Julia Stone – ‘Sixty Summers’ review: an imperfect, joyful art-pop reinvention

Some of the most interesting music she’s ever made – with or without her brother Angus

As successful as the career of Angus & Julia Stone has been on a united front, it’s clear the siblings have still had to work through some kinks on their own. Brother Angus, for one, underwent several identity shifts on his own accord, making records as Angus Stone, Lady of the Sunshine and Dope Lemon before settling on the latter. As for Julia, the elder Stone crafted two careful retreads of the kind of music she’d be making under the family moniker in the early 2010s before seeming to step away from solo work almost entirely.

‘Sixty Summers’, Julia’s third solo LP, arrives nine years after her last – the result of roughly four years of stop-start recording sessions and the inevitable COVID-19 delays. As such, one might expect the end result to be both slap-dash in nature and inconsistent in its execution. The album’s horn-driven opener ‘Break’ is enough to shatter that notion. Its dizzying rhythm and celebratory refrain (“Darling, darling / You take my breath away”) recall TV On The Radio’s ‘Golden Age’ as well as ‘Love This Giant’ – the album that ‘Sixty Summers’ co-producer St. Vincent made with David Byrne. Stone injects enough of her own personality into the performance, however, that it’s able to remain distinctively hers.

The years Stone spent on ‘Sixty Summers’ were not wasted. She’s mostly shed the framework of starry-eyed folk-rock, inhabiting a broader sonic palette that often results in some of the most interesting music she’s ever made – with or without Angus. ‘Unreal’ and ‘Easy’ both implement a vocoder in their arrangements, the former using it to create a bed of robotic vocals atop a glitchy cloud-rap beat, while on the latter it doubles as a harmonic counterpart to Stone’s speak-sung verses amid plucked basslines and lavish Hammond organ. A vocoder may seem not all that extraordinary an instrument choice, but these little details might not have even been conceivable on either 2010’s ‘The Memory Machine’ or 2012’s ‘By The Horns’.

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Within this new musical environment, Stone works through a spectrum of emotions. She both lets them simmer – “I was only a little bit lonely / Trying to reach out for somebody to love me” on ‘Unreal’ – and boil over – “You’re giving me nothing / It’s fucking me up” on ‘Substance’. Nearly every chorus on ‘Sixty Summers’ addresses or alludes to an unnamed ‘you’, but the record isn’t insular. Stone’s conviction cuts through more than it ever has before in her solo work.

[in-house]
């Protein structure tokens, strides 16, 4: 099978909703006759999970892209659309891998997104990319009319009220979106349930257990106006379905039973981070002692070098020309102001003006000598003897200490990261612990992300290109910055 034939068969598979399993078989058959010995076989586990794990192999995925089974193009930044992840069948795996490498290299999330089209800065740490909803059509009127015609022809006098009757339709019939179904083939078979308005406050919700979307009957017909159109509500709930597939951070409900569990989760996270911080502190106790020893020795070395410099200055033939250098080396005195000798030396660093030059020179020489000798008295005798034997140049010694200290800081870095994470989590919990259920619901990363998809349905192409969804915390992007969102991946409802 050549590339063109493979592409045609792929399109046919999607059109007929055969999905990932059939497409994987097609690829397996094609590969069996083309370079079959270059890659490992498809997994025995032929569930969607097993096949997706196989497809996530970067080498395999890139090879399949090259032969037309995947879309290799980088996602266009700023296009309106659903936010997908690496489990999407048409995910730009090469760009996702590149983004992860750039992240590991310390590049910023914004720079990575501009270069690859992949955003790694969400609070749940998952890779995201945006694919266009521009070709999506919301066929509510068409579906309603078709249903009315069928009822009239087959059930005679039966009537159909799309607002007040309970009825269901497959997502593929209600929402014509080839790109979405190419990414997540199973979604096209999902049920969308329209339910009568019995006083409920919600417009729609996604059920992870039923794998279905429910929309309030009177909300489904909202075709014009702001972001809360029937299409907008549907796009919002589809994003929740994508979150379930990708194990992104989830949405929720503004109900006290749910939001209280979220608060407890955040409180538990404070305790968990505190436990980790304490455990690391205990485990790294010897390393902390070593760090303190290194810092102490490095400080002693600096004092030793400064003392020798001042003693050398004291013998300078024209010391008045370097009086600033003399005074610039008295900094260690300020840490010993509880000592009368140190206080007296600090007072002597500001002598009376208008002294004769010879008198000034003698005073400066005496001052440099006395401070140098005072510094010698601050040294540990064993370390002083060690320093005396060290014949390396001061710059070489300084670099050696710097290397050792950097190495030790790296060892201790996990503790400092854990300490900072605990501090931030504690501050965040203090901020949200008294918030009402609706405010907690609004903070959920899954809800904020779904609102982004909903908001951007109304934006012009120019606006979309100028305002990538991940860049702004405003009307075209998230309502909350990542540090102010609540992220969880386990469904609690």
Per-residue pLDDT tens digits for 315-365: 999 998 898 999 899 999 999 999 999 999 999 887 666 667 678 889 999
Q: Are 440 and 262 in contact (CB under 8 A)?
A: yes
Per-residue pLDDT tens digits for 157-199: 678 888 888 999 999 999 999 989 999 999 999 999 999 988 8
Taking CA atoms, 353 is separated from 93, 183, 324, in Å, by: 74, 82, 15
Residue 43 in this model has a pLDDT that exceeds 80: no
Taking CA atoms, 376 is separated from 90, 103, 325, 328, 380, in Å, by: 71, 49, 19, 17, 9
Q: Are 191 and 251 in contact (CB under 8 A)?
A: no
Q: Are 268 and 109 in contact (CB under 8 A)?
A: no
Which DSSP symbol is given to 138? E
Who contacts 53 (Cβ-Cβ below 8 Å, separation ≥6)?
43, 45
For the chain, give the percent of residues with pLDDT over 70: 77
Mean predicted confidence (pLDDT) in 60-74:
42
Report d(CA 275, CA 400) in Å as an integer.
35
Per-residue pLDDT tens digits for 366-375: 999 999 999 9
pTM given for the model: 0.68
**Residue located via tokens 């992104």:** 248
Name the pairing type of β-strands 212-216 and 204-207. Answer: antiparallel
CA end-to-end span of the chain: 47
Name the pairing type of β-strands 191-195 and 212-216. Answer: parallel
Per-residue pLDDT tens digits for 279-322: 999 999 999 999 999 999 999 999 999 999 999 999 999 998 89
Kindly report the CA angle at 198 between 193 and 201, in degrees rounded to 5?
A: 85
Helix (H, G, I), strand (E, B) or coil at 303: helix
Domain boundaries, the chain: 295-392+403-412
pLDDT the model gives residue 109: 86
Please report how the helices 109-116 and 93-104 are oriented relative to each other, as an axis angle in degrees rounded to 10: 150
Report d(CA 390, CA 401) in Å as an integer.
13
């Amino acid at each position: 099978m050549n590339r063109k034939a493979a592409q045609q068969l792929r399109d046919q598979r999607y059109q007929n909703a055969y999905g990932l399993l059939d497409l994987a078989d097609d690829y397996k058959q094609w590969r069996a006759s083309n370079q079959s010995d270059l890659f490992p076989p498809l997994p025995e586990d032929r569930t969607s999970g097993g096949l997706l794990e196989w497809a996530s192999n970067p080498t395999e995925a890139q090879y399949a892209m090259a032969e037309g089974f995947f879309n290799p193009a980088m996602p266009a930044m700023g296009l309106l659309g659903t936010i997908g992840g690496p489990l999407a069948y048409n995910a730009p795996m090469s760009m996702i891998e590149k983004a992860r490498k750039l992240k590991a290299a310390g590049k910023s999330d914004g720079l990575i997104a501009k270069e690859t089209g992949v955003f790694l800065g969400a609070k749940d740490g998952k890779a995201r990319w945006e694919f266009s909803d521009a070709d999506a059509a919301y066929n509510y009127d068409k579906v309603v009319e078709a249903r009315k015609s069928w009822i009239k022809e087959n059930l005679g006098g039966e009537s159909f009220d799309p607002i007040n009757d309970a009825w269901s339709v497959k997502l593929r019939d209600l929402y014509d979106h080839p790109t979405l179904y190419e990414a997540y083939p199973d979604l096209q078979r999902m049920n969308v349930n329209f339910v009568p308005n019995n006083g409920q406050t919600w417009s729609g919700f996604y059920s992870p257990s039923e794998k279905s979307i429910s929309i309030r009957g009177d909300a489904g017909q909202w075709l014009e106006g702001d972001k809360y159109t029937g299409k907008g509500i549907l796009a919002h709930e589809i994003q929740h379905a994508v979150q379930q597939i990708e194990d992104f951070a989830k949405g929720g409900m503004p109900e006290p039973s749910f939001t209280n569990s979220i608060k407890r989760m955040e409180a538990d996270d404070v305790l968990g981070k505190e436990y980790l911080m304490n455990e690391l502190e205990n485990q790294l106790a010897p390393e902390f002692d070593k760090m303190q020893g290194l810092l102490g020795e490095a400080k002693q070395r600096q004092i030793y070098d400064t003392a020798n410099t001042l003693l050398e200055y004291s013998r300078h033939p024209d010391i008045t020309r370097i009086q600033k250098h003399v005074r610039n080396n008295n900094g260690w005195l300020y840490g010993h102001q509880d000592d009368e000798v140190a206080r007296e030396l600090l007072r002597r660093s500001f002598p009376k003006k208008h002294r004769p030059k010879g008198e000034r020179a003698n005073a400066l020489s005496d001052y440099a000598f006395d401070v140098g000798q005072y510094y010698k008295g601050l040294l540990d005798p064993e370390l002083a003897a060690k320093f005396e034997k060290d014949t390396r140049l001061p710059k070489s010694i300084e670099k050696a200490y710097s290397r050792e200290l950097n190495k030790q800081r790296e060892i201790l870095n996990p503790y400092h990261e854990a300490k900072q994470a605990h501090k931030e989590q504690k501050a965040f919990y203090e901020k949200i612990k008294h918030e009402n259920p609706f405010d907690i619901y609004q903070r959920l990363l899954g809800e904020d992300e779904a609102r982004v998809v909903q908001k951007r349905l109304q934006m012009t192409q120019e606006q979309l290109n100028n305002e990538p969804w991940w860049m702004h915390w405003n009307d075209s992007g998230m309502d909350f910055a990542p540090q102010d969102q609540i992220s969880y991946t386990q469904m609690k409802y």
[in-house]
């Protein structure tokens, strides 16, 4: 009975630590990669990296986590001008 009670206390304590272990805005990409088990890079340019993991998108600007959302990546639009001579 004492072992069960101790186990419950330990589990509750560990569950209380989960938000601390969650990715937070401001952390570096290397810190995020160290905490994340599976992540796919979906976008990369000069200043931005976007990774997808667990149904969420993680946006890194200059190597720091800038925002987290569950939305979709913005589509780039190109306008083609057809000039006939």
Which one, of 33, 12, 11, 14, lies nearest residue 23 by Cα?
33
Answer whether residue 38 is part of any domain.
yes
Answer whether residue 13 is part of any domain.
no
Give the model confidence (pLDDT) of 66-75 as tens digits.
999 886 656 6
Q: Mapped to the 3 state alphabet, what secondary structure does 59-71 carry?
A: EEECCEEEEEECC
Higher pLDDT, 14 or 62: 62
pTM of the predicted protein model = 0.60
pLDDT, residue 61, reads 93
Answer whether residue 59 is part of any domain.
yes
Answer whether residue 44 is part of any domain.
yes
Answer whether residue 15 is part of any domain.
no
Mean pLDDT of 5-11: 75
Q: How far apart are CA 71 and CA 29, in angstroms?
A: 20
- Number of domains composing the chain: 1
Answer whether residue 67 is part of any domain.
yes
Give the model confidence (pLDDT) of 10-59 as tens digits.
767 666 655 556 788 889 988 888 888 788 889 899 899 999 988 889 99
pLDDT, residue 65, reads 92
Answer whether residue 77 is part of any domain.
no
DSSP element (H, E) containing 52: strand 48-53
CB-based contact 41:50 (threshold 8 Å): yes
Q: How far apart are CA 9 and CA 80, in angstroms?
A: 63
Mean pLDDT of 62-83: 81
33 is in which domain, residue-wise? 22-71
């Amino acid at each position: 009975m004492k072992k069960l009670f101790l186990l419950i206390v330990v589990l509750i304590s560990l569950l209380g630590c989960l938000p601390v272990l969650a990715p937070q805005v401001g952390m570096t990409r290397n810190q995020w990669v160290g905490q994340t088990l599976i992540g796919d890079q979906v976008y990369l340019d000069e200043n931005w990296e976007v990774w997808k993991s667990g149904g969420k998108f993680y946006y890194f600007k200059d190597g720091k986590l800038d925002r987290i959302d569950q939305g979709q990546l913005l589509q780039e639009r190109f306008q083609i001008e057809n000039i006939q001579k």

The only moments on ‘Sixty Summers’ that hold it back are when Stone falls into old habits. Even within exciting new musical surroundings, songs like ‘Free’ and closer ‘I Am No One’ come off as inconsequential filler – the former for its treacly, simplistic vocal delivery and the latter for its woozy acoustic meandering. ‘We All Have’, the fourth single, is another case in point: a beige piano ballad on an album at its best when bursting with technicolour.

The National’s Matt Berninger feebly attempts to turn the song into a duet, all while sounding half-asleep. Both he and Stone are entirely capable and distinctive in their own right, but when they sing the chorus together it sounds like chalk and cheese. Stone, of course has history with The National – ‘By The Horns’ features a pleasant cover of ‘Bloodbuzz Ohio’, and the band were enlisted for Stone’s ‘Songs For Australia’ project. This collaboration, though, does not work in either’s favour.

Though not without its faults, ‘Sixty Summers’ showcases an artist revelling in a fresh creative process. This kind of adaptability and subsequent evolution will surely result in a uniformly excellent solo effort from Stone in summers to come.

Details

Julia Stone new album 2021 Sixty Summers
  • Release date: April 30
  • Record label: BMG
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